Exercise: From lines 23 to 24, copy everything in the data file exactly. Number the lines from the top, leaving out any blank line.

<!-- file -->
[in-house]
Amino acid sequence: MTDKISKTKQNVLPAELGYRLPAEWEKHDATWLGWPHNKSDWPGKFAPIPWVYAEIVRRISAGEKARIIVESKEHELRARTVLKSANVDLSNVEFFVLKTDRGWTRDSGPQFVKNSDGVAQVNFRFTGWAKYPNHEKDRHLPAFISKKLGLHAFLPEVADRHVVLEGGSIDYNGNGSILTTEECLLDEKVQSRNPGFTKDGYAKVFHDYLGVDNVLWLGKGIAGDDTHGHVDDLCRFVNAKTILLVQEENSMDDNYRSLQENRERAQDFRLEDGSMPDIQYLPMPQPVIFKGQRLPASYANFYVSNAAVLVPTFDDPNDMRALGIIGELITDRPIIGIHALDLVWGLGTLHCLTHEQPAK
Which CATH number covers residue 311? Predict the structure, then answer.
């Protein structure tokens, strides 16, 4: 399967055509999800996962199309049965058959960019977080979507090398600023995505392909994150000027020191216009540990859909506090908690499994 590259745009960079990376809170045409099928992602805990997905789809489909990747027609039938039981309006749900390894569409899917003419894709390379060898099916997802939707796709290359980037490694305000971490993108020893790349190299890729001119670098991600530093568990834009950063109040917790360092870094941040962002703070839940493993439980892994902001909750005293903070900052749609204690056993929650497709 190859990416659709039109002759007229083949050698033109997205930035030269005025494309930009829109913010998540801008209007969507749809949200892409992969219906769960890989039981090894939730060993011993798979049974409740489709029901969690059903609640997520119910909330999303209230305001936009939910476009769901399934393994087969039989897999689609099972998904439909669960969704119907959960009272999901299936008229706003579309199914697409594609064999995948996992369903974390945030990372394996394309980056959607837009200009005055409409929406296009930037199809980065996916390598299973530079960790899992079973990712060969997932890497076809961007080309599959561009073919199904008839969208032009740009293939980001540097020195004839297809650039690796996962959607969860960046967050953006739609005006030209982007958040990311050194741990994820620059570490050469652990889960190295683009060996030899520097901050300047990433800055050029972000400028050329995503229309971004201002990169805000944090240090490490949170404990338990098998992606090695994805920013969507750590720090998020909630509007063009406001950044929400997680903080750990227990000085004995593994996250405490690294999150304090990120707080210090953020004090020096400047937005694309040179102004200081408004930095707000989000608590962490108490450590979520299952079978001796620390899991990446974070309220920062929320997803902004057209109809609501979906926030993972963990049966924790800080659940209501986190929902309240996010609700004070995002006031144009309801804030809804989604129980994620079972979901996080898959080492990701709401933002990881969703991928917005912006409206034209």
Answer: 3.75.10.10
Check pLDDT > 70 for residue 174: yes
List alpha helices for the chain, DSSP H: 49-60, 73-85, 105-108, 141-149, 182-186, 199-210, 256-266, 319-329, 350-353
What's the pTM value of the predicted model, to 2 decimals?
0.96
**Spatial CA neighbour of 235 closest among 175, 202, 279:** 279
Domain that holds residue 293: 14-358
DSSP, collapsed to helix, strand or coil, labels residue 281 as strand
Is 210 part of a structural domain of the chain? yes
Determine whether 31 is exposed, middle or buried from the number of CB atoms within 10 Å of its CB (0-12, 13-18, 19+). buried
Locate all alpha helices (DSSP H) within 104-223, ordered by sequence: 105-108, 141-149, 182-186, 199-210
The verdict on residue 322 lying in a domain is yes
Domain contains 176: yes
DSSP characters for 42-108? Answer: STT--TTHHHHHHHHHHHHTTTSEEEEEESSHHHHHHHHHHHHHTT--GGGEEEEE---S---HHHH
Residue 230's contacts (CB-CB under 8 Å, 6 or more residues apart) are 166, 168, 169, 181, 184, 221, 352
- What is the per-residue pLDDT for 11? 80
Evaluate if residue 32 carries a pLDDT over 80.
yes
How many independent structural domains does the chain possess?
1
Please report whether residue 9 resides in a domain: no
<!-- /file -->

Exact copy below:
How many independent structural domains does the chain possess?
1